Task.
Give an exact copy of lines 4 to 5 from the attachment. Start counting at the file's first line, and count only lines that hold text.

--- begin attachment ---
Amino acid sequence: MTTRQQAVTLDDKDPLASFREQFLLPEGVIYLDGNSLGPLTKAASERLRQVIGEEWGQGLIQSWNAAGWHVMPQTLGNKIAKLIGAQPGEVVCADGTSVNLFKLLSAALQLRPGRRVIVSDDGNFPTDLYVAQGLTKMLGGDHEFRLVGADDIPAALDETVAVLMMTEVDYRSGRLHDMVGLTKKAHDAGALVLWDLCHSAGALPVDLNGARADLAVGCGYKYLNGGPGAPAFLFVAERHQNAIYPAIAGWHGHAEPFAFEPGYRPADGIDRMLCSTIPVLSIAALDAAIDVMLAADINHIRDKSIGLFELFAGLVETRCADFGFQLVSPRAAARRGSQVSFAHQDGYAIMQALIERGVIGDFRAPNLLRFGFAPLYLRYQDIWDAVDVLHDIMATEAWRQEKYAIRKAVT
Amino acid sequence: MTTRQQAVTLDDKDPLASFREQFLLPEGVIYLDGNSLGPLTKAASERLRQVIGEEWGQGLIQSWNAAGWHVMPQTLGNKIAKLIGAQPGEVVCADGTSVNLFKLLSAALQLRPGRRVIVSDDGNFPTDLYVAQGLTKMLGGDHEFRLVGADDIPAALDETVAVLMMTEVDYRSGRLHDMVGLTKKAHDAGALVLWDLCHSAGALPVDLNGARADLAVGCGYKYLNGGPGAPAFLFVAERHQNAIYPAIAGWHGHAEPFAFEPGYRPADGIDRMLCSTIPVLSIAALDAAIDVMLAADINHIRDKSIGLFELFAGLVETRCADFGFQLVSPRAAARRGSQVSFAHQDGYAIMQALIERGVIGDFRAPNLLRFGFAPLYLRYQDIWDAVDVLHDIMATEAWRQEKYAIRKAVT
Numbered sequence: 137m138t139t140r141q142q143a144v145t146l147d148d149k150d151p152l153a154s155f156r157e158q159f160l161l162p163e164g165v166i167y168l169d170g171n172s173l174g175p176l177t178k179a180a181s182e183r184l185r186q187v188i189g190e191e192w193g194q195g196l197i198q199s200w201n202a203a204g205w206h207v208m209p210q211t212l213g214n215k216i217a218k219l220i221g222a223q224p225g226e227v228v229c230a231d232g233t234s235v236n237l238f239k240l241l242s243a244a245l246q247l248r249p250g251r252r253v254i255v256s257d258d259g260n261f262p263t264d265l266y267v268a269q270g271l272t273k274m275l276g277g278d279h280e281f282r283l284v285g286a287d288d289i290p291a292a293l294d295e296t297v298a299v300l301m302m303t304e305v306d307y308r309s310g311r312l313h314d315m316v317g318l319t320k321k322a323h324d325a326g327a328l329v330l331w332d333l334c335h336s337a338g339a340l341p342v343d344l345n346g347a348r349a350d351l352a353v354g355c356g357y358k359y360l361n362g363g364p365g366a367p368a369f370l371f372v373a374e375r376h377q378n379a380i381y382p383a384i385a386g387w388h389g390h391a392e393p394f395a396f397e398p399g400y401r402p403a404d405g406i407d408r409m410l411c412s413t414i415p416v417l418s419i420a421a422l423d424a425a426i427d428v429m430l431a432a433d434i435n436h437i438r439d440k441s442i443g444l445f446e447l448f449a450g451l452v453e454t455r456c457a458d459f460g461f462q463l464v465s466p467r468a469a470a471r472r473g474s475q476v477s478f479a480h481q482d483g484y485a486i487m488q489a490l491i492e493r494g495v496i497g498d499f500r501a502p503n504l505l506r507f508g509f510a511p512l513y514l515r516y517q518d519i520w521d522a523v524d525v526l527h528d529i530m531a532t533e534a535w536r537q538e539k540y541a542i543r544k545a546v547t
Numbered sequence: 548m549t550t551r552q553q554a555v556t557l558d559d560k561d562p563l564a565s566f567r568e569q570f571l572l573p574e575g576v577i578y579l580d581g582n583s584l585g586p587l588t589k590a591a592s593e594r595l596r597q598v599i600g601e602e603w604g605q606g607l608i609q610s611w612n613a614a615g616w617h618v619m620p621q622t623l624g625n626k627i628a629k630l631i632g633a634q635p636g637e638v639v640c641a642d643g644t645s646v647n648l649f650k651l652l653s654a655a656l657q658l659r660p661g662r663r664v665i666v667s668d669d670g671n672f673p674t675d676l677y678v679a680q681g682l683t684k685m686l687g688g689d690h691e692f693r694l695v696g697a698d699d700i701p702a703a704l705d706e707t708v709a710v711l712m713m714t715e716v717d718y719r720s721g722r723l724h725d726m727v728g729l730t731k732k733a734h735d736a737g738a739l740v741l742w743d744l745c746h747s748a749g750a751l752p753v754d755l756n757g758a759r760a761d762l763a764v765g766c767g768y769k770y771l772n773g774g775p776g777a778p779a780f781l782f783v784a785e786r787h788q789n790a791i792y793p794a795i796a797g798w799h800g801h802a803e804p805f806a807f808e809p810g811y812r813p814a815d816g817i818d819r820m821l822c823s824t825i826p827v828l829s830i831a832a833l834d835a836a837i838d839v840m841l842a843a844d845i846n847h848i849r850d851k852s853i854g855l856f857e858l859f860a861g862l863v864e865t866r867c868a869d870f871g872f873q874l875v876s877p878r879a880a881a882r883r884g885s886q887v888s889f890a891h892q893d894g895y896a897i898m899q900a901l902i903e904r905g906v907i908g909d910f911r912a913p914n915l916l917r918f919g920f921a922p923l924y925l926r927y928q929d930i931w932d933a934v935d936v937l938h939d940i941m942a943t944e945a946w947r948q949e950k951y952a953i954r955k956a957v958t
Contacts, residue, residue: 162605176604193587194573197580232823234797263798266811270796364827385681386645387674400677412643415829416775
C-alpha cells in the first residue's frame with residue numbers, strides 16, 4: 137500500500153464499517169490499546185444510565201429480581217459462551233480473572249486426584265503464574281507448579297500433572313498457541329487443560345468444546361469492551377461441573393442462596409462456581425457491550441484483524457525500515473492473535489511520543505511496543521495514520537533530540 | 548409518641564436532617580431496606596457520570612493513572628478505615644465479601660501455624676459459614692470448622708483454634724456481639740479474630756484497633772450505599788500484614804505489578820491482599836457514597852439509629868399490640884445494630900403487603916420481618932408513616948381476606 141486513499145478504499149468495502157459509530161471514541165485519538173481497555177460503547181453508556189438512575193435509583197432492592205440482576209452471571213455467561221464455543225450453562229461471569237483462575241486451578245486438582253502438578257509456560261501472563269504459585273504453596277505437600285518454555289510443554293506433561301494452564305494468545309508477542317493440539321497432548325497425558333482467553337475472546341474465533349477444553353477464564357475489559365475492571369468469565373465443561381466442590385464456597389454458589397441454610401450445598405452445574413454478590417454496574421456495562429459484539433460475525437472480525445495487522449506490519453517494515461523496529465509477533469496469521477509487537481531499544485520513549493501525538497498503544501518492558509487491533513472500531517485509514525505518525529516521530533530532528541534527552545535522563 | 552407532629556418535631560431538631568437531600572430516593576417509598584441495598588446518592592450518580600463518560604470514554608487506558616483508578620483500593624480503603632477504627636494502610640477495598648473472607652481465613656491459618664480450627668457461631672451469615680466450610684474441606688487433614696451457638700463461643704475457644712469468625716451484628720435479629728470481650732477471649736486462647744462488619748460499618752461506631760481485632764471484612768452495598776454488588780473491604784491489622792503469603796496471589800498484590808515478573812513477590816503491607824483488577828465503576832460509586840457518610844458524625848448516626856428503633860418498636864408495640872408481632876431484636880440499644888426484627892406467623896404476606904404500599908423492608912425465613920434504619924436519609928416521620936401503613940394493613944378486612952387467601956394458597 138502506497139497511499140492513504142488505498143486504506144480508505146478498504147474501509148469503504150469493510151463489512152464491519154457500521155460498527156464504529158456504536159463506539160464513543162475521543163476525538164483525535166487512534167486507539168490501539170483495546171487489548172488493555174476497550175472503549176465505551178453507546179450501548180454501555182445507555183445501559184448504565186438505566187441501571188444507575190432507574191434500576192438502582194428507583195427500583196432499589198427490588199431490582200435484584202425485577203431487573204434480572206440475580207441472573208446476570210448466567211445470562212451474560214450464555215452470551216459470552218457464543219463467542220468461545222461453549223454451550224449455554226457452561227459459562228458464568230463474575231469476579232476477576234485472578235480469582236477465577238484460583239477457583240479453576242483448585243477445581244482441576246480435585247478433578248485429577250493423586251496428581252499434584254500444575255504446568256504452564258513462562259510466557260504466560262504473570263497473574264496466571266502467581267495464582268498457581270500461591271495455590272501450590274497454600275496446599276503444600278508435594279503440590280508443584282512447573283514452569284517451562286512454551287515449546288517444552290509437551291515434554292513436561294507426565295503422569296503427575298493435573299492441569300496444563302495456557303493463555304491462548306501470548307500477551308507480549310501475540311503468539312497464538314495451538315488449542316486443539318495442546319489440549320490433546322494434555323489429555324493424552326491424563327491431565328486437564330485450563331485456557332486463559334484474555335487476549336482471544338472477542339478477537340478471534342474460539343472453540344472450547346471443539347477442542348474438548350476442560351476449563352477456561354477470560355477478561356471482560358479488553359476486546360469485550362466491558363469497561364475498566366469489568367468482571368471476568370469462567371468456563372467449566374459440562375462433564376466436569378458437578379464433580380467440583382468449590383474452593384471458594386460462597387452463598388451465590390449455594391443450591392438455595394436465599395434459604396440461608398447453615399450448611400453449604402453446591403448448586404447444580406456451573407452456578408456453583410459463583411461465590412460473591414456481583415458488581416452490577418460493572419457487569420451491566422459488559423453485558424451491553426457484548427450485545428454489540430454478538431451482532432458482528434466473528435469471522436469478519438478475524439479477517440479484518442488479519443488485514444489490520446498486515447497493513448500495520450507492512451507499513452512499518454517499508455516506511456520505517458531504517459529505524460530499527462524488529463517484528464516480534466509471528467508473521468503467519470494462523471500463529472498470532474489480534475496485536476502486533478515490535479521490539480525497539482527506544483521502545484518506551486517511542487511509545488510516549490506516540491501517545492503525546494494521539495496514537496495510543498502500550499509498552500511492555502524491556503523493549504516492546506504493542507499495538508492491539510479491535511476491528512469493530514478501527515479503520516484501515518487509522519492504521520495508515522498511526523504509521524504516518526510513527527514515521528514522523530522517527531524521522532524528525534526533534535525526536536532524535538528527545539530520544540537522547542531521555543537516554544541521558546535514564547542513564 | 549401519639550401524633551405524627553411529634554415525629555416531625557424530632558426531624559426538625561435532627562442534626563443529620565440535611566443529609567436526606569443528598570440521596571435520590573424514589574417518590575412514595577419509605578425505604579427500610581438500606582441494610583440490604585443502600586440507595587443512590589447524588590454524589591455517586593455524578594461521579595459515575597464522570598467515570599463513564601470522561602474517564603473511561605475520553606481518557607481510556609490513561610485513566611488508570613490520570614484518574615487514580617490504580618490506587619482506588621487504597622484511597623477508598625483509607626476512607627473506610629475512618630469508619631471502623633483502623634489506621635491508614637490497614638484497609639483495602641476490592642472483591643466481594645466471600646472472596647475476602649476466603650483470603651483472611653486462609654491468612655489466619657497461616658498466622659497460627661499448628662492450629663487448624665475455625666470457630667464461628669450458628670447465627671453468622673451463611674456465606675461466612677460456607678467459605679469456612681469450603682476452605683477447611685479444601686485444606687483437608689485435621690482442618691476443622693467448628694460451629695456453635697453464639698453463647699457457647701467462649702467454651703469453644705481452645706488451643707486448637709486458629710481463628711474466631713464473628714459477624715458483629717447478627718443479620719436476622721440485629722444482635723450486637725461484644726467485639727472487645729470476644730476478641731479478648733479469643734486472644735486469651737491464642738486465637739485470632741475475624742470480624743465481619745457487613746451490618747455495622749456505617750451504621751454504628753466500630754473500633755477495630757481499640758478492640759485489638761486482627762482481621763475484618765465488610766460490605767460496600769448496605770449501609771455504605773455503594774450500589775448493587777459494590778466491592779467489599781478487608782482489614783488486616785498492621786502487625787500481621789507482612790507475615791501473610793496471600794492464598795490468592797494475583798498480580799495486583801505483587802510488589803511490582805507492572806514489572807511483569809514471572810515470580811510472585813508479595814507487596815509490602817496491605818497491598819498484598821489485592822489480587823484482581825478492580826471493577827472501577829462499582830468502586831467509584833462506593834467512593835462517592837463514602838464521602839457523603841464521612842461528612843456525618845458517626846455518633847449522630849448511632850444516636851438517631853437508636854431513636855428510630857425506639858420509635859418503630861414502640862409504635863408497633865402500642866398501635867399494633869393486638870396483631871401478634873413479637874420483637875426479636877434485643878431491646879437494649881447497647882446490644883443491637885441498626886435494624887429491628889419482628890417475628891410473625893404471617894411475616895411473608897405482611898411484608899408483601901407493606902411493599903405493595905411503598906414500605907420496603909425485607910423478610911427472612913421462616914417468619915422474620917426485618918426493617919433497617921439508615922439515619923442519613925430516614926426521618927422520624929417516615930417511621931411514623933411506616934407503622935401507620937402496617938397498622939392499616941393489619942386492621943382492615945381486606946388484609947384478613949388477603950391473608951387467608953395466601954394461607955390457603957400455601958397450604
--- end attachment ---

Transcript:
Numbered sequence: 548m549t550t551r552q553q554a555v556t557l558d559d560k561d562p563l564a565s566f567r568e569q570f571l572l573p574e575g576v577i578y579l580d581g582n583s584l585g586p587l588t589k590a591a592s593e594r595l596r597q598v599i600g601e602e603w604g605q606g607l608i609q610s611w612n613a614a615g616w617h618v619m620p621q622t623l624g625n626k627i628a629k630l631i632g633a634q635p636g637e638v639v640c641a642d643g644t645s646v647n648l649f650k651l652l653s654a655a656l657q658l659r660p661g662r663r664v665i666v667s668d669d670g671n672f673p674t675d676l677y678v679a680q681g682l683t684k685m686l687g688g689d690h691e692f693r694l695v696g697a698d699d700i701p702a703a704l705d706e707t708v709a710v711l712m713m714t715e716v717d718y719r720s721g722r723l724h725d726m727v728g729l730t731k732k733a734h735d736a737g738a739l740v741l742w743d744l745c746h747s748a749g750a751l752p753v754d755l756n757g758a759r760a761d762l763a764v765g766c767g768y769k770y771l772n773g774g775p776g777a778p779a780f781l782f783v784a785e786r787h788q789n790a791i792y793p794a795i796a797g798w799h800g801h802a803e804p805f806a807f808e809p810g811y812r813p814a815d816g817i818d819r820m821l822c823s824t825i826p827v828l829s830i831a832a833l834d835a836a837i838d839v840m841l842a843a844d845i846n847h848i849r850d851k852s853i854g855l856f857e858l859f860a861g862l863v864e865t866r867c868a869d870f871g872f873q874l875v876s877p878r879a880a881a882r883r884g885s886q887v888s889f890a891h892q893d894g895y896a897i898m899q900a901l902i903e904r905g906v907i908g909d910f911r912a913p914n915l916l917r918f919g920f921a922p923l924y925l926r927y928q929d930i931w932d933a934v935d936v937l938h939d940i941m942a943t944e945a946w947r948q949e950k951y952a953i954r955k956a957v958t
Contacts, residue, residue: 162605176604193587194573197580232823234797263798266811270796364827385681386645387674400677412643415829416775